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Newly discovered treatment mimics exercise benefits without all the hard work

Good news for type 2 sufferers.

Image: Shutterstock/VectorLifestylepic

SCIENTISTS AT MAYNOOTH University have found a new way to treat type 2 diabetes with compounds that mimic the anti-diabetic effects of exercise.

Researchers said the compounds can improve glucose handling and reduce weight gain at significantly lower doses than existing treatments.

“These compounds have the potential to become an important tool for the treatment of type 2 diabetes for future generations,” said Dr John Stephens of the Maynooth Department of Chemistry, who led the research team.

An estimated 200,000 people in Ireland live with the chronic condition, which is caused by abnormally high glucose levels and strongly linked to obesity.

‘Significant development’

During exercise, the body’s cells take glucose out of the bloodstream by converting it into energy.

The new treatment discovered by researchers makes it easier for cells to convert glucose into energy, meaning they take up more glucose than they otherwise would, thereby reducing blood sugar levels.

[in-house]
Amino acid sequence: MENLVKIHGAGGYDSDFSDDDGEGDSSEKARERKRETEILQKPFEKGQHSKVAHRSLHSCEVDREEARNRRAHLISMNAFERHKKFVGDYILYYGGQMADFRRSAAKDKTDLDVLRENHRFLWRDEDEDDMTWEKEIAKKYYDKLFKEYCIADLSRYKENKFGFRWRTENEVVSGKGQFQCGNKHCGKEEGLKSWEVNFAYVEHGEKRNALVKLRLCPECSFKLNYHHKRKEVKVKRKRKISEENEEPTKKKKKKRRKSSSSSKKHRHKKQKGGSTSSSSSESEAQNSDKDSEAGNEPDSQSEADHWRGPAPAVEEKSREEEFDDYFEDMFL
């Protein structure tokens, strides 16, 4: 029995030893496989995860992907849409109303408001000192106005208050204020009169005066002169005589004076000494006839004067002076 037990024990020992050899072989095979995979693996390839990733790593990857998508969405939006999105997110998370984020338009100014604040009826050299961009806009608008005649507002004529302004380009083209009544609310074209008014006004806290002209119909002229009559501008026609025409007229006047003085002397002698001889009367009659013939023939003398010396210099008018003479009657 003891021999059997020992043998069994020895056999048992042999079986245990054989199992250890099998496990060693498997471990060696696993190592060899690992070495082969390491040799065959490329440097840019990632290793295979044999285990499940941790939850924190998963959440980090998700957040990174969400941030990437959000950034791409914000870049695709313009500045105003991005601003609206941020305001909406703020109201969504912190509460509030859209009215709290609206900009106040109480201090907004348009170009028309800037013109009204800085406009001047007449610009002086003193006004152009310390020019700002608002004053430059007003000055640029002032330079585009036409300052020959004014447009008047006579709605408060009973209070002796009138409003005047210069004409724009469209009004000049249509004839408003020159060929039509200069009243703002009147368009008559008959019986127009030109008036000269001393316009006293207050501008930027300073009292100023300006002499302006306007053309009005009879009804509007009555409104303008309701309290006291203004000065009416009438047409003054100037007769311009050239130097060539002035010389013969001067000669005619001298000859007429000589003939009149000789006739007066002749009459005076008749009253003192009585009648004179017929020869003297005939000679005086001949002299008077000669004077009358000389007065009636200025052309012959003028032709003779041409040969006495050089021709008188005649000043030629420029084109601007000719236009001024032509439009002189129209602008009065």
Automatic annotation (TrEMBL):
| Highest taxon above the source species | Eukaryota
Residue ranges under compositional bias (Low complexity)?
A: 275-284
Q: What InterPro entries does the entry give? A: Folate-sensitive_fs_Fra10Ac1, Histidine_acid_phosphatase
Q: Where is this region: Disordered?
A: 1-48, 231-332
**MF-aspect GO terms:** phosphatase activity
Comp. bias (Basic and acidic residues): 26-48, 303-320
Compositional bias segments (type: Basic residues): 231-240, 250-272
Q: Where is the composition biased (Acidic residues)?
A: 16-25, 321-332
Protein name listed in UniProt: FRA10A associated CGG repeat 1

“The benefits of exercise for those suffering with type 2 diabetes have been well documented,” Stephens said.

The discovery of this series of new compounds that mimic these benefits is a significant development in the treatment of diabetes.

The team of researchers includes Professor John Findlay and Dr Darren Martin from Maynooth University, Dr Gemma Kinsella of DIT, as well as collaborators from Trinity College Dublin and the University of Leeds.

Details of the breakthrough were published today in the Journal of Molecular Endocrinology.

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About the author:

Catherine Healy

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